Investors could soon see a drop in trading costs if market participants pass on the benefits of interoperability that will kick in from next week.
According to market participants, interoperability between clearing corporations that allows brokers to use any of the clearing corporations to settle their trades, would lower the compliance cost for market intermediaries, which in turn could lower the trading cost for investors.
It would also strengthen the risk management of the capital markets and minimise the potential systemic risk, if in case a particular clearing corporation shuts down due to a technical glitch, cyberattack or any natural cause, they said.
“The efficient allocation of funds would lead to cost-effective trades, and make exchange transactions more affordable,” said Vijay Bhushan, president, Association of National Exchanges Members of India (ANMI).
Simply put, interoperability allows market participants to consolidate their clearing and settlement functions at a single clearing corporation, irrespective of the stock exchange on which the trade is executed, resulting in a reduction in compliance costs, and thus bringing down the trading costs as well.
Currently, the trade executed on a particular exchange is settled through the exchange’s own clearing corporation. This led to a practice wherein broker members had to keep margins with each clearing house as all equity and derivative brokers are members of the BSE and the NSE, along with the Metropolitan Stock Exchange of India (MSEI).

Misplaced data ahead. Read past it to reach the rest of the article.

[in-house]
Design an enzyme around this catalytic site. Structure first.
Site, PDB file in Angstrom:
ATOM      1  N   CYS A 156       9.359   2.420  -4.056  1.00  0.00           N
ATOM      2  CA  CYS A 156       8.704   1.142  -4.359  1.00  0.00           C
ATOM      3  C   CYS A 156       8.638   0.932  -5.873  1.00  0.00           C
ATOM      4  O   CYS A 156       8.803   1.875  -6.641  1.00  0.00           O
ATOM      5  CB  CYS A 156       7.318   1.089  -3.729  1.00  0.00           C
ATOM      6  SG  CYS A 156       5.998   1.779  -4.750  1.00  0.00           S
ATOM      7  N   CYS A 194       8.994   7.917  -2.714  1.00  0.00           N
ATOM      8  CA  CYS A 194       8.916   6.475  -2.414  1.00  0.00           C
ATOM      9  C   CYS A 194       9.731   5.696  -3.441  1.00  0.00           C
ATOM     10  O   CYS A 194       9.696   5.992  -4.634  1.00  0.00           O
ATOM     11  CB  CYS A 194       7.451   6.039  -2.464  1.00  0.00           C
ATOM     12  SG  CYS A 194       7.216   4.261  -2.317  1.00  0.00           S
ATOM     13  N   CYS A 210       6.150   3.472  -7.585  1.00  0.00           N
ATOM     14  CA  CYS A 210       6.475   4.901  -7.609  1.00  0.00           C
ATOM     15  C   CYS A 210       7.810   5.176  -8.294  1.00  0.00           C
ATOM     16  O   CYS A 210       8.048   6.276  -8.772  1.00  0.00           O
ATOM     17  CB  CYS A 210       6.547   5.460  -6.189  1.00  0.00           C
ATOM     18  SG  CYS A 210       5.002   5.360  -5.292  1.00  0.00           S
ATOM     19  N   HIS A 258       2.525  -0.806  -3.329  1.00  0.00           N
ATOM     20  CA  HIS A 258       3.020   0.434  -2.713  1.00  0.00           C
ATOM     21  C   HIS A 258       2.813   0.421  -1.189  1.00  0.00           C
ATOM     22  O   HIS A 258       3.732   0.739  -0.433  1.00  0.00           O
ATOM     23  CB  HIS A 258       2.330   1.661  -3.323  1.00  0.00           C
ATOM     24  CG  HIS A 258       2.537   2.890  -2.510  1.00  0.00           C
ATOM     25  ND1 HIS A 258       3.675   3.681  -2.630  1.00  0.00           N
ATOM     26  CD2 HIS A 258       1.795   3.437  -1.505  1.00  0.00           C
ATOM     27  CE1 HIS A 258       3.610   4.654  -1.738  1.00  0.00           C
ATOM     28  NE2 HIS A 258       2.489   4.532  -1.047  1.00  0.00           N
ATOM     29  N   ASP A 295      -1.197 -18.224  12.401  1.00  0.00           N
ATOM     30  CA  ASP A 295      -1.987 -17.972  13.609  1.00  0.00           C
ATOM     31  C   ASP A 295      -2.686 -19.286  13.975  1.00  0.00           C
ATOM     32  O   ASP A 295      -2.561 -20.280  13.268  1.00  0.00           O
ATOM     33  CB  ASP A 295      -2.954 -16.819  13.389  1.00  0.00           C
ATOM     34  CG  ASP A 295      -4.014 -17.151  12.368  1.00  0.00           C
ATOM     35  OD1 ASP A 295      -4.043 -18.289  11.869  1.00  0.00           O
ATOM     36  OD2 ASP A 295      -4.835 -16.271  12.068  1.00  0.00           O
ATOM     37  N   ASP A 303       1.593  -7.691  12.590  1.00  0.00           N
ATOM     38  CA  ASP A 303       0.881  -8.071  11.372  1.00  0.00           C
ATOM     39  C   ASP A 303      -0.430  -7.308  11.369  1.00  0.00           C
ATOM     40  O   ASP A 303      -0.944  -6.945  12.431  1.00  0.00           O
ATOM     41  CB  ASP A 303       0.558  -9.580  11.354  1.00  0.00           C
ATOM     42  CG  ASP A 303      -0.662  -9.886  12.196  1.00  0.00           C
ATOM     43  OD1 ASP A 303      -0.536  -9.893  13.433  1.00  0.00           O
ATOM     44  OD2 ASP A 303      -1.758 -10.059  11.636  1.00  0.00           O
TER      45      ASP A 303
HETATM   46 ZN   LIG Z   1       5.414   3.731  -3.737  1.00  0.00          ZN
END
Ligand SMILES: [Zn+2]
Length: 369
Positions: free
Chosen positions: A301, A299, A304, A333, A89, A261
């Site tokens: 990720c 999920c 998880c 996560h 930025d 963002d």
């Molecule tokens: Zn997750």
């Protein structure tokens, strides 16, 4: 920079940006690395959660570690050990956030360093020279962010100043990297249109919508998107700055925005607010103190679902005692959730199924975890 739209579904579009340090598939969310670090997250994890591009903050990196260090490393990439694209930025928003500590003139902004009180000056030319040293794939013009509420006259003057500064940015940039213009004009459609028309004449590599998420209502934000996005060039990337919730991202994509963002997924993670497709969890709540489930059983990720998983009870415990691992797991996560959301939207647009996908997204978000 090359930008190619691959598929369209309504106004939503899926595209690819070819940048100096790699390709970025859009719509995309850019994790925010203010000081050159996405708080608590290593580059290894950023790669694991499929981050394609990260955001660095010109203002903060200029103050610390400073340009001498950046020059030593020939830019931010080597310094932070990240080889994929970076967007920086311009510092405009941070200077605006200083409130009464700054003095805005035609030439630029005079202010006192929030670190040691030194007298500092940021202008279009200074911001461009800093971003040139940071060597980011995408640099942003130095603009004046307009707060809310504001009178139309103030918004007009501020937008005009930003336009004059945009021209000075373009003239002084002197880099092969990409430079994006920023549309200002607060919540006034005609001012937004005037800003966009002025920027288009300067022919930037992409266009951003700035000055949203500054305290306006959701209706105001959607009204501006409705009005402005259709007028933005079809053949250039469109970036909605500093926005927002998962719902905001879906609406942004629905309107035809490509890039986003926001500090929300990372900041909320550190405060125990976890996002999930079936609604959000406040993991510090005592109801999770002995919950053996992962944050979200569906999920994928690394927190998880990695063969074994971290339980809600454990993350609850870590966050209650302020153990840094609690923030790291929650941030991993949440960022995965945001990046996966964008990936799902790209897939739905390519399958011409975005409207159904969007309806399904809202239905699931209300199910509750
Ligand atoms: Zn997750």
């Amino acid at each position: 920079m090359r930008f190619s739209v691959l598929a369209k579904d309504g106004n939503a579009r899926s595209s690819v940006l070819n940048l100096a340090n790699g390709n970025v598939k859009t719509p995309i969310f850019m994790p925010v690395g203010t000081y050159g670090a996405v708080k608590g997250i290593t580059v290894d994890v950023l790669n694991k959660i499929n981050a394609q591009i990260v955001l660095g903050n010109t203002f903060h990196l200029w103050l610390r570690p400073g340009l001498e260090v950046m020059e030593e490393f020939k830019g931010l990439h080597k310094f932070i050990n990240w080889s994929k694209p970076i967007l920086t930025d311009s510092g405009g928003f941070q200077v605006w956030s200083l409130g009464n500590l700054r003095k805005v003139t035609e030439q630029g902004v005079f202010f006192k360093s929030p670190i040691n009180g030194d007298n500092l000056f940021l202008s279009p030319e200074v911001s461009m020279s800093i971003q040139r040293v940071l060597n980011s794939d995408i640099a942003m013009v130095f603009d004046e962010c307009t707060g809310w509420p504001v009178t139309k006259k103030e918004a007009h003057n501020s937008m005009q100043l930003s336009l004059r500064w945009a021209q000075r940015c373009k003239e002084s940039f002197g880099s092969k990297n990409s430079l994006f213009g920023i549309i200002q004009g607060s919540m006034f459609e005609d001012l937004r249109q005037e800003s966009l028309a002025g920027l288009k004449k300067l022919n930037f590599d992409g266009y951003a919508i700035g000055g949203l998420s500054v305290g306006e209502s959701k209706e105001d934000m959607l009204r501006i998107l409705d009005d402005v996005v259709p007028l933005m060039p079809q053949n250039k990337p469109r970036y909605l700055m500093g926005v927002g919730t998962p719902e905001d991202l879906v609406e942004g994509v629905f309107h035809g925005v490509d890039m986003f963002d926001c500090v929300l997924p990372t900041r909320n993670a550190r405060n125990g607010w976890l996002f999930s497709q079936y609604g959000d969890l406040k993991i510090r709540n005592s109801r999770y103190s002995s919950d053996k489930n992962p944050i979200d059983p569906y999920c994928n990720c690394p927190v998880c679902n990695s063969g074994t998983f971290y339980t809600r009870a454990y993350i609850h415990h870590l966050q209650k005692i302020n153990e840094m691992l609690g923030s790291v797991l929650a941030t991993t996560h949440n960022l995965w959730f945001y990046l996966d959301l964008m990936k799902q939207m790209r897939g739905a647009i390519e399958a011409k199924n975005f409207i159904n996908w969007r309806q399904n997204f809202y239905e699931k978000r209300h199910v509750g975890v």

“Member brokers keep their funds and collateral with high buffer across exchanges and across segments. Under interoperability, they will be able to consolidate and reduce buffer, lowering their overall collateral requirement,” said Kunal Sanghavi, chief financial officer, MSEI.
“This is a big plus. Trading members will find it easy on margining,” he added.
For example, if a broker has a ₹100 crore margin in NSE’s clearing corporation, he or she can use that margin to trade on the BSE as well under interoperability. This significant reduction in margin requirements is expected to bring down overall trading costs.
The Securities and Exchange Board of India announced the regulatory framework for interoperability in November last year.
Meanwhile, interoperability also provides huge benefits in terms of the overall safety of the markets.
“Interoperability will save participants from glitches in case of problems in a particular exchange or at the broker level for a particular exchange,” said Shrinivas Viswanath, co-founder & chief technology officer, Upstox, a discount broking firm.
“So, it will separate the execution risk from the settlement risk and allow market participants to seamlessly square off their positions in case of outages of exchanges or at broker level,” he added.